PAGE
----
Award Date

1-1-1995

Degree Type

Dissertation

Degree Name

Doctor of Philosophy (PhD)

Department

Physics

Number of Pages

107

Abstract

The visible {dollar}A\sp2\Pi\sb{u} \gets X\sp2\Sigma\sbsp{g}{+}{dollar} absorption spectrum of N{dollar}\sb2\sp+{dollar} was observed by using a coaxial ion beam laser beam technique for the first time. The resonances are detected by allowing the ion beam to collide with buffer gas and detecting the surviving ion beam current. Because the collisional cross-section depends on the internal state of the ion, the surviving ion beam current changes when the laser frequency is resonant with the ions. This technique can detect a fractional change in collisional cross section of only 0.03% from one quantum state to another. The fractional noise in ion current {dollar}\Delta I/I{dollar} is a few parts in {dollar}10\sp{-7}{dollar} (3 second average time) is consistent with the shot noise limit. The frequency resolution {dollar}\Delta\nu/\nu{dollar} in this experiment is {dollar}2 \times 10\sp{-7}.{dollar} Compared to the commonly used technique of absorption spectroscopy in a discharge, the Doppler width in this experiment is reduced by a factor of 10-20. A number of previously unresolved lower rotational doublet lines in the {dollar}A\sp2\Pi\sb{u} \gets X\sp2\Sigma\sbsp{g}{+}{dollar} (4, 0) band are fully resolved and the energy splittings are measured for the first time in this experiment. The spin-rotation coupling constant of N{dollar}\sb2\sp+{dollar} in the {dollar}X\sp2\Sigma\sbsp{g}{+}{dollar} (v = 0) state is obtained by the direct measurement of the fully resolved doublets whose splitting is caused by the interaction between the electron spin with the molecular rotation. The technique demonstrated here is applicable to a wide variety of molecular ions.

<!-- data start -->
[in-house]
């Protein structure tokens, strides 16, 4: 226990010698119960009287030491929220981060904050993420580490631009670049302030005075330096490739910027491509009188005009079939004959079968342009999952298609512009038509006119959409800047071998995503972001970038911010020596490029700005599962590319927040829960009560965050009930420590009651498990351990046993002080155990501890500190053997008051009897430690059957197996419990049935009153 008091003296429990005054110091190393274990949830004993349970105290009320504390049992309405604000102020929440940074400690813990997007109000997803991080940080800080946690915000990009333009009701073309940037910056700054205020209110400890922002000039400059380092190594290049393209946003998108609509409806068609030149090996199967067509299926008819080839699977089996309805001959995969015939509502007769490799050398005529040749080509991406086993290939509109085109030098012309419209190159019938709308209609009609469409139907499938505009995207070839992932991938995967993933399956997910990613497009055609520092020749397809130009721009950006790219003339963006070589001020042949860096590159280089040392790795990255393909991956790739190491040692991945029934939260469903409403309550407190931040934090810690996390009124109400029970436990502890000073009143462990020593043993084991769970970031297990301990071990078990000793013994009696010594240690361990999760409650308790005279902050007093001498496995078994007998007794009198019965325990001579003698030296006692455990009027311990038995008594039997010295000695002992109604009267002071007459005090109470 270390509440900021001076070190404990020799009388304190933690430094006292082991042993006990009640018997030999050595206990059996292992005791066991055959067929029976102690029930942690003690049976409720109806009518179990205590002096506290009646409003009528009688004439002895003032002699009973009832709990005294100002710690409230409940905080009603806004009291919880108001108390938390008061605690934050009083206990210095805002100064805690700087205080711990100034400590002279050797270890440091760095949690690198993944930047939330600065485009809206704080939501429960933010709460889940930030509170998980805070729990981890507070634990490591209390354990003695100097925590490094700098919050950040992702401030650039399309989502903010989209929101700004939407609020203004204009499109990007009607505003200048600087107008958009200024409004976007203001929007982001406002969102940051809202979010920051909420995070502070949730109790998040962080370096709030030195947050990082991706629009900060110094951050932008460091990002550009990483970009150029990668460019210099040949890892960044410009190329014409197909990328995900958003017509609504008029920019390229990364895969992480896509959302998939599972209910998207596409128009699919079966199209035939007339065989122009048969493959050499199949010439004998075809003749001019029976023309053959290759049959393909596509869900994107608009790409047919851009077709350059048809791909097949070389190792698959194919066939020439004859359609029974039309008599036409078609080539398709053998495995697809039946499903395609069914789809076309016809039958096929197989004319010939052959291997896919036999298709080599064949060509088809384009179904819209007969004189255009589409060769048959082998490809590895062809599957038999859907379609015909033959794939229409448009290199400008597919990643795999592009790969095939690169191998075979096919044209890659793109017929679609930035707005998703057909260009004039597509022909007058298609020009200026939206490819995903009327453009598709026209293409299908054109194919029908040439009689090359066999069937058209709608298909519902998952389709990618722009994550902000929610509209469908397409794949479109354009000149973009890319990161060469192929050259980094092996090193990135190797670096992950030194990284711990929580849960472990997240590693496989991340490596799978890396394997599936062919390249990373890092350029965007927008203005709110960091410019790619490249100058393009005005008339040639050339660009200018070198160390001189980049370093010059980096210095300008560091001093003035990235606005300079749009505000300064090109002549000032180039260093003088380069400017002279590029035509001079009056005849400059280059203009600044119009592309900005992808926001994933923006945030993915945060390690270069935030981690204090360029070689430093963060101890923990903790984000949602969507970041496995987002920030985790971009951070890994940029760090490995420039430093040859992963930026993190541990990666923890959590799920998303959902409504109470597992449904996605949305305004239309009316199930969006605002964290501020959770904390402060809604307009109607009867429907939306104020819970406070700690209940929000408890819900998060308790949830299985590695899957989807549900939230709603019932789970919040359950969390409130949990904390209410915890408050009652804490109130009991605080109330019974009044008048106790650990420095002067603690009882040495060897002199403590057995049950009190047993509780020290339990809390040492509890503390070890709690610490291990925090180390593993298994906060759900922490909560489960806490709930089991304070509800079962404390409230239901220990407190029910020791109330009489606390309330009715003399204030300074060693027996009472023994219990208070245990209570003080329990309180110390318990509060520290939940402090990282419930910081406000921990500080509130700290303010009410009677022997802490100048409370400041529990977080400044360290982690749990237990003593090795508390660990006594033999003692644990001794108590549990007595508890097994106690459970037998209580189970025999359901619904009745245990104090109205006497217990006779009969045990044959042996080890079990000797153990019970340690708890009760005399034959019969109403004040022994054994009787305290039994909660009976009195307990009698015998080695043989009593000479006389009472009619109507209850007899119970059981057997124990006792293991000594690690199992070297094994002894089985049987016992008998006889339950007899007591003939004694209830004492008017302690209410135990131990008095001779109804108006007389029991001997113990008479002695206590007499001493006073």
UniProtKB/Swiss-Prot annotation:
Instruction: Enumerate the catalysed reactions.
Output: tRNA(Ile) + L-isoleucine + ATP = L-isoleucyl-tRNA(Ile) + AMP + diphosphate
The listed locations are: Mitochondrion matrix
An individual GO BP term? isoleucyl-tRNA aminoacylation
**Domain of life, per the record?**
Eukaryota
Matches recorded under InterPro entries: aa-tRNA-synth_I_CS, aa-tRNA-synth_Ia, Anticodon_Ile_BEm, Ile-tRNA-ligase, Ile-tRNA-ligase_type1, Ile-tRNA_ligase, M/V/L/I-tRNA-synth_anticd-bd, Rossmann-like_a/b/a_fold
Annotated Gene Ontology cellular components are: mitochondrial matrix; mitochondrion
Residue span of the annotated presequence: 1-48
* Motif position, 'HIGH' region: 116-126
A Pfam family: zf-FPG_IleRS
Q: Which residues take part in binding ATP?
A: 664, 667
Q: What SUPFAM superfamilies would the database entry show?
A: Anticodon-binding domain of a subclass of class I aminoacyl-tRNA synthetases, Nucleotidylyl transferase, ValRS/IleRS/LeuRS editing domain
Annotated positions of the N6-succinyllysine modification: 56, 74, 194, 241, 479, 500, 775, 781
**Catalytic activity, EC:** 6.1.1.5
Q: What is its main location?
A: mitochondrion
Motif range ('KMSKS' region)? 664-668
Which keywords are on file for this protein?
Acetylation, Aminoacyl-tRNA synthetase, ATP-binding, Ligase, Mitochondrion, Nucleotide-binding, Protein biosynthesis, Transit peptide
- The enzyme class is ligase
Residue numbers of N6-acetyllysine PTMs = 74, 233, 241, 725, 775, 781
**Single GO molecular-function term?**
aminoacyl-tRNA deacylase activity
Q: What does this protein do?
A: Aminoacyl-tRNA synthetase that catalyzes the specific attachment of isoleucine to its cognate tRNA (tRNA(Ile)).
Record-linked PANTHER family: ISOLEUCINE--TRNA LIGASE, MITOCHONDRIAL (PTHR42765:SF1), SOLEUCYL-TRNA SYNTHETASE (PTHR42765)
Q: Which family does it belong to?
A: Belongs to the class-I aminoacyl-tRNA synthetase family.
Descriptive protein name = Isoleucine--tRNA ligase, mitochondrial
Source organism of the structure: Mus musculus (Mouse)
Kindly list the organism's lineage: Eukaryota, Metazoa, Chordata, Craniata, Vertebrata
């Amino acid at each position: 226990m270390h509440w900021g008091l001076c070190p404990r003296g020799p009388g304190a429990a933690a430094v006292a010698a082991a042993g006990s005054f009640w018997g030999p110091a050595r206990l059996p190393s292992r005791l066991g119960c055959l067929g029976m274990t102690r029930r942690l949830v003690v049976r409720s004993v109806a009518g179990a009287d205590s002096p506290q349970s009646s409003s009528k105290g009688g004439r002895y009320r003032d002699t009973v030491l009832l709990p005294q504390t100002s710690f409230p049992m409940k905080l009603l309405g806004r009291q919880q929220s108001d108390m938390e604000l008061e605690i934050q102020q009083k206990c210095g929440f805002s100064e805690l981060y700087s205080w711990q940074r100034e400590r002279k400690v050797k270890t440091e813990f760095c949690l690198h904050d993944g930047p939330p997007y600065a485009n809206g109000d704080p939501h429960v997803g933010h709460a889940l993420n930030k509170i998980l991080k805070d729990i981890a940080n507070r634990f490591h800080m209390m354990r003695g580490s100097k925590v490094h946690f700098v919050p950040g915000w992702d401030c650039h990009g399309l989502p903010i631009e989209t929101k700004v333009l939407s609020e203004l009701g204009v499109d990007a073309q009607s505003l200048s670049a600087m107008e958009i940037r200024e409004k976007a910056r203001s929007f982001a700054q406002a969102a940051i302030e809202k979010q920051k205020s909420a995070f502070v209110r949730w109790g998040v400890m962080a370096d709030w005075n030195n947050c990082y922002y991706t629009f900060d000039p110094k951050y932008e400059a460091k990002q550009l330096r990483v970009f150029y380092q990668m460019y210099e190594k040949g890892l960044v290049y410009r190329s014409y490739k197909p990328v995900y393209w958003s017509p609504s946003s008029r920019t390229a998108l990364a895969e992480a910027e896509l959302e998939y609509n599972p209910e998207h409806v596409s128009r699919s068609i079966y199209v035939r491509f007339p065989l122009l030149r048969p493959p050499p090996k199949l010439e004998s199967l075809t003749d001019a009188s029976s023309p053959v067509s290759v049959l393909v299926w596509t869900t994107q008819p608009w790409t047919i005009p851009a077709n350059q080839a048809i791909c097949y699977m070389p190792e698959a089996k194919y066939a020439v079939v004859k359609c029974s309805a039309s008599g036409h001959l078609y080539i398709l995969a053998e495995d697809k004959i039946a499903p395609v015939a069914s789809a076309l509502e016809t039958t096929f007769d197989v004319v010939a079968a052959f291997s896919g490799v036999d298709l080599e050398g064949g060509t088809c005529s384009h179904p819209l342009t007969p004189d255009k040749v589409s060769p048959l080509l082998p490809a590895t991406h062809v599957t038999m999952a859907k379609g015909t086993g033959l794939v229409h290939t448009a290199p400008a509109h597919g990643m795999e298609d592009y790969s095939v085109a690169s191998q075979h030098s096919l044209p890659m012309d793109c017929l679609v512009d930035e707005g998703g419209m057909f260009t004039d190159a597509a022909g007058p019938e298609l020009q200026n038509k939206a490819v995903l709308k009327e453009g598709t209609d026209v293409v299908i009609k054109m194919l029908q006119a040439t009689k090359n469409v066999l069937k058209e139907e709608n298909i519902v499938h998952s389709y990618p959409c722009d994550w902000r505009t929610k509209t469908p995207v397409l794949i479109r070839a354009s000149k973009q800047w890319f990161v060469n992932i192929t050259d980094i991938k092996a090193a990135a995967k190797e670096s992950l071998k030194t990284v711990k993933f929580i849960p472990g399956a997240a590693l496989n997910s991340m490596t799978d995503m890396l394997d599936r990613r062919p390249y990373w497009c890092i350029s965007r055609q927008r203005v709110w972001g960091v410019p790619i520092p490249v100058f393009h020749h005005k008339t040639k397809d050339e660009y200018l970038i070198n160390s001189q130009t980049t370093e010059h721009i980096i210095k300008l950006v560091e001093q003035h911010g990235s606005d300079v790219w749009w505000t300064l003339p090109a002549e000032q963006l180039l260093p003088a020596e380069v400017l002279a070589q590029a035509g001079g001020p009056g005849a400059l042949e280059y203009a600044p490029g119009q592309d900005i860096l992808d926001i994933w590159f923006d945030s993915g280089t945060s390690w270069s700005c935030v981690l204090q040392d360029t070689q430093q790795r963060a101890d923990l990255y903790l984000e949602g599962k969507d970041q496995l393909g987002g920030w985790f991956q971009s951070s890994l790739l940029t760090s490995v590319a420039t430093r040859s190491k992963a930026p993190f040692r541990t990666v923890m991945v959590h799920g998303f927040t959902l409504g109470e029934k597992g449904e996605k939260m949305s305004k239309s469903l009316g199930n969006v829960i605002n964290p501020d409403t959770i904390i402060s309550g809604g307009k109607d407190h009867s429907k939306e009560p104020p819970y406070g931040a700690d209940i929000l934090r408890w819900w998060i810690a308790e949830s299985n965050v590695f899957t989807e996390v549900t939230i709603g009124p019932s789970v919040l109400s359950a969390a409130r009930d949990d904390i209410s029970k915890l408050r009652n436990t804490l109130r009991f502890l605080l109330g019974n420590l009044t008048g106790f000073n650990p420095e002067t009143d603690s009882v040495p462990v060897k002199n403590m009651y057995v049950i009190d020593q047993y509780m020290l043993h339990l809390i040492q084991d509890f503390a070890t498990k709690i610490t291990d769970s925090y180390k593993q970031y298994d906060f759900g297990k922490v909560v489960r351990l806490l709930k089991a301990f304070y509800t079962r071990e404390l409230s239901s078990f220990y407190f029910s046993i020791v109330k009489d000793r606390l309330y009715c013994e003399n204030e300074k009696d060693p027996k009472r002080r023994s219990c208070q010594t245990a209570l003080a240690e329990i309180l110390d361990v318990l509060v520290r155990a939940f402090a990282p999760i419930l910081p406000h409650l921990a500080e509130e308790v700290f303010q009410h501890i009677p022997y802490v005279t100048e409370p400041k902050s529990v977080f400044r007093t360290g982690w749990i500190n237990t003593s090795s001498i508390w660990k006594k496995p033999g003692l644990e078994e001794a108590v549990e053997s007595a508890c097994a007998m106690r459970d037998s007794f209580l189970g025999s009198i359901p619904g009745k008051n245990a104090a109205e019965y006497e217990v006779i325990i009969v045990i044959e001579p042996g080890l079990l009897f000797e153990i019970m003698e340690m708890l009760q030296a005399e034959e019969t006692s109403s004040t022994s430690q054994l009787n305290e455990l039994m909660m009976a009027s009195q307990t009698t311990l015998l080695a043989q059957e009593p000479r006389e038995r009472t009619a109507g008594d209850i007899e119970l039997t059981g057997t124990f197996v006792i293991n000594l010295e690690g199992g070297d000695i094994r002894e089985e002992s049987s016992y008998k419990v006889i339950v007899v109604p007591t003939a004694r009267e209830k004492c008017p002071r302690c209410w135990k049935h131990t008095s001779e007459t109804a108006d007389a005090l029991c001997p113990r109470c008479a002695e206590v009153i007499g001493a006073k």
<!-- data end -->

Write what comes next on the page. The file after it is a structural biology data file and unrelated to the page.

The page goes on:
Keywords

Beam; Coaxial; Coaxial Ion Beam Laser; High; Ion; Laser; Nitrogen; Resolution; Spectroscopy; Coaxial Ion Beam Laser; Nitrogen

Controlled Subject

Molecular dynamics

File Format

pdf

File Size

3573.76 KB

Degree Grantor

University of Nevada, Las Vegas

Language

English

Permissions

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Identifier

https://doi.org/10.25669/km4e-4p90


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